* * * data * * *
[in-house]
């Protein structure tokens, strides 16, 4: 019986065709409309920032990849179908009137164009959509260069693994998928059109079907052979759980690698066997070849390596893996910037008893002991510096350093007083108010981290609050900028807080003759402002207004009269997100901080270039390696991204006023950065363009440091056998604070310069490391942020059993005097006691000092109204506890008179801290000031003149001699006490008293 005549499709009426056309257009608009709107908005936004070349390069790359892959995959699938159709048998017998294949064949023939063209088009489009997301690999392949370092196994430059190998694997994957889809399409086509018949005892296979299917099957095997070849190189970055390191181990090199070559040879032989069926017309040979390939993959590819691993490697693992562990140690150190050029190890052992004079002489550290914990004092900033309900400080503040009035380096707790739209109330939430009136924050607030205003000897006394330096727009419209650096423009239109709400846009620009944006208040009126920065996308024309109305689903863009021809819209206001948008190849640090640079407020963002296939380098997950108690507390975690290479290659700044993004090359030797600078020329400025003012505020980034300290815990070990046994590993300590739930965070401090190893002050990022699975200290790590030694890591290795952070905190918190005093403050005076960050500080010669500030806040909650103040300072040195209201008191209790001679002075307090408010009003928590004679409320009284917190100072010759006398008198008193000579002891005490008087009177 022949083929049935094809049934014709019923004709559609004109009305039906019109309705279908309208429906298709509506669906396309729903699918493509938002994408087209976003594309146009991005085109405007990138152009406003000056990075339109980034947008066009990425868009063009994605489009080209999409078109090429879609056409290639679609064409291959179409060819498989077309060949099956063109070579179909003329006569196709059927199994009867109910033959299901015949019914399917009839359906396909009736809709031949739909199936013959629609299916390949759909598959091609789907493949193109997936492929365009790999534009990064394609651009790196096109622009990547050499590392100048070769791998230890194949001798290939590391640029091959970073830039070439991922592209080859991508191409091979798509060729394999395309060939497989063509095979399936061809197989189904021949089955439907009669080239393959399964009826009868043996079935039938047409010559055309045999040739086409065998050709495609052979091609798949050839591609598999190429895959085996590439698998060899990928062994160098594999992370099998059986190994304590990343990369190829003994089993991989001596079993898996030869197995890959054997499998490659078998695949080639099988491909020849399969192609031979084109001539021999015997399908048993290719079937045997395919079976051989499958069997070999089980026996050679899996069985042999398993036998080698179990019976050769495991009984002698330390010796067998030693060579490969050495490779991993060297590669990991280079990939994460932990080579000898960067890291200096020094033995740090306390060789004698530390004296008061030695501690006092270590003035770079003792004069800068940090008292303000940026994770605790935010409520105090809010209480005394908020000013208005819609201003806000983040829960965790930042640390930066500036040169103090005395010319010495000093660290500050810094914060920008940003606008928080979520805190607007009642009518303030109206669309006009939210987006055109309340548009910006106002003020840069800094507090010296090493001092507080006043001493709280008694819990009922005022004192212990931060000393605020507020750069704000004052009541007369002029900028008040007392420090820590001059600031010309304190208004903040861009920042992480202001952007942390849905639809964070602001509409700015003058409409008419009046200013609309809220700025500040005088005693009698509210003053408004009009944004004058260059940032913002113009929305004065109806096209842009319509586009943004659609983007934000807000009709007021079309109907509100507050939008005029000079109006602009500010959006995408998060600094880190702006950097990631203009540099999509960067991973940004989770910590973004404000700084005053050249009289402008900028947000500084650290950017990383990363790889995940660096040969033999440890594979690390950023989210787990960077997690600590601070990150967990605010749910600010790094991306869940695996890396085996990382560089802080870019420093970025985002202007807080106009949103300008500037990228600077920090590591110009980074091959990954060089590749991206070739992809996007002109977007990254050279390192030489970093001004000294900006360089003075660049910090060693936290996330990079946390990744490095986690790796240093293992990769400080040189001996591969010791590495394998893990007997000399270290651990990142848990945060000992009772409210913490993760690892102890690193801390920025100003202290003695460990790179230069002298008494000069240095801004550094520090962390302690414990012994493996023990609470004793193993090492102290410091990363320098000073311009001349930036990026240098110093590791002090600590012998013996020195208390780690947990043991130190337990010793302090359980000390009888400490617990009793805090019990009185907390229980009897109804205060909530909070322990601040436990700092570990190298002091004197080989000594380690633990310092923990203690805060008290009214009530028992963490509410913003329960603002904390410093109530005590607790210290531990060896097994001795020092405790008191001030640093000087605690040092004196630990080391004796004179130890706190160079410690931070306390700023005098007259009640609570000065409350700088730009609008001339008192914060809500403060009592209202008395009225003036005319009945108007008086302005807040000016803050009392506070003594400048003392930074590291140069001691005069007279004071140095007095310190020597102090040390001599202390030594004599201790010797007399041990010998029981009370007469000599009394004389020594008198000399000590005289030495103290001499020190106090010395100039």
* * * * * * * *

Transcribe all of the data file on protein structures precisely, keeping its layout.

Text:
[in-house]
């Protein structure tokens, strides 16, 4: 019986065709409309920032990849179908009137164009959509260069693994998928059109079907052979759980690698066997070849390596893996910037008893002991510096350093007083108010981290609050900028807080003759402002207004009269997100901080270039390696991204006023950065363009440091056998604070310069490391942020059993005097006691000092109204506890008179801290000031003149001699006490008293 005549499709009426056309257009608009709107908005936004070349390069790359892959995959699938159709048998017998294949064949023939063209088009489009997301690999392949370092196994430059190998694997994957889809399409086509018949005892296979299917099957095997070849190189970055390191181990090199070559040879032989069926017309040979390939993959590819691993490697693992562990140690150190050029190890052992004079002489550290914990004092900033309900400080503040009035380096707790739209109330939430009136924050607030205003000897006394330096727009419209650096423009239109709400846009620009944006208040009126920065996308024309109305689903863009021809819209206001948008190849640090640079407020963002296939380098997950108690507390975690290479290659700044993004090359030797600078020329400025003012505020980034300290815990070990046994590993300590739930965070401090190893002050990022699975200290790590030694890591290795952070905190918190005093403050005076960050500080010669500030806040909650103040300072040195209201008191209790001679002075307090408010009003928590004679409320009284917190100072010759006398008198008193000579002891005490008087009177 022949083929049935094809049934014709019923004709559609004109009305039906019109309705279908309208429906298709509506669906396309729903699918493509938002994408087209976003594309146009991005085109405007990138152009406003000056990075339109980034947008066009990425868009063009994605489009080209999409078109090429879609056409290639679609064409291959179409060819498989077309060949099956063109070579179909003329006569196709059927199994009867109910033959299901015949019914399917009839359906396909009736809709031949739909199936013959629609299916390949759909598959091609789907493949193109997936492929365009790999534009990064394609651009790196096109622009990547050499590392100048070769791998230890194949001798290939590391640029091959970073830039070439991922592209080859991508191409091979798509060729394999395309060939497989063509095979399936061809197989189904021949089955439907009669080239393959399964009826009868043996079935039938047409010559055309045999040739086409065998050709495609052979091609798949050839591609598999190429895959085996590439698998060899990928062994160098594999992370099998059986190994304590990343990369190829003994089993991989001596079993898996030869197995890959054997499998490659078998695949080639099988491909020849399969192609031979084109001539021999015997399908048993290719079937045997395919079976051989499958069997070999089980026996050679899996069985042999398993036998080698179990019976050769495991009984002698330390010796067998030693060579490969050495490779991993060297590669990991280079990939994460932990080579000898960067890291200096020094033995740090306390060789004698530390004296008061030695501690006092270590003035770079003792004069800068940090008292303000940026994770605790935010409520105090809010209480005394908020000013208005819609201003806000983040829960965790930042640390930066500036040169103090005395010319010495000093660290500050810094914060920008940003606008928080979520805190607007009642009518303030109206669309006009939210987006055109309340548009910006106002003020840069800094507090010296090493001092507080006043001493709280008694819990009922005022004192212990931060000393605020507020750069704000004052009541007369002029900028008040007392420090820590001059600031010309304190208004903040861009920042992480202001952007942390849905639809964070602001509409700015003058409409008419009046200013609309809220700025500040005088005693009698509210003053408004009009944004004058260059940032913002113009929305004065109806096209842009319509586009943004659609983007934000807000009709007021079309109907509100507050939008005029000079109006602009500010959006995408998060600094880190702006950097990631203009540099999509960067991973940004989770910590973004404000700084005053050249009289402008900028947000500084650290950017990383990363790889995940660096040969033999440890594979690390950023989210787990960077997690600590601070990150967990605010749910600010790094991306869940695996890396085996990382560089802080870019420093970025985002202007807080106009949103300008500037990228600077920090590591110009980074091959990954060089590749991206070739992809996007002109977007990254050279390192030489970093001004000294900006360089003075660049910090060693936290996330990079946390990744490095986690790796240093293992990769400080040189001996591969010791590495394998893990007997000399270290651990990142848990945060000992009772409210913490993760690892102890690193801390920025100003202290003695460990790179230069002298008494000069240095801004550094520090962390302690414990012994493996023990609470004793193993090492102290410091990363320098000073311009001349930036990026240098110093590791002090600590012998013996020195208390780690947990043991130190337990010793302090359980000390009888400490617990009793805090019990009185907390229980009897109804205060909530909070322990601040436990700092570990190298002091004197080989000594380690633990310092923990203690805060008290009214009530028992963490509410913003329960603002904390410093109530005590607790210290531990060896097994001795020092405790008191001030640093000087605690040092004196630990080391004796004179130890706190160079410690931070306390700023005098007259009640609570000065409350700088730009609008001339008192914060809500403060009592209202008395009225003036005319009945108007008086302005807040000016803050009392506070003594400048003392930074590291140069001691005069007279004071140095007095310190020597102090040390001599202390030594004599201790010797007399041990010998029981009370007469000599009394004389020594008198000399000590005289030495103290001499020190106090010395100039």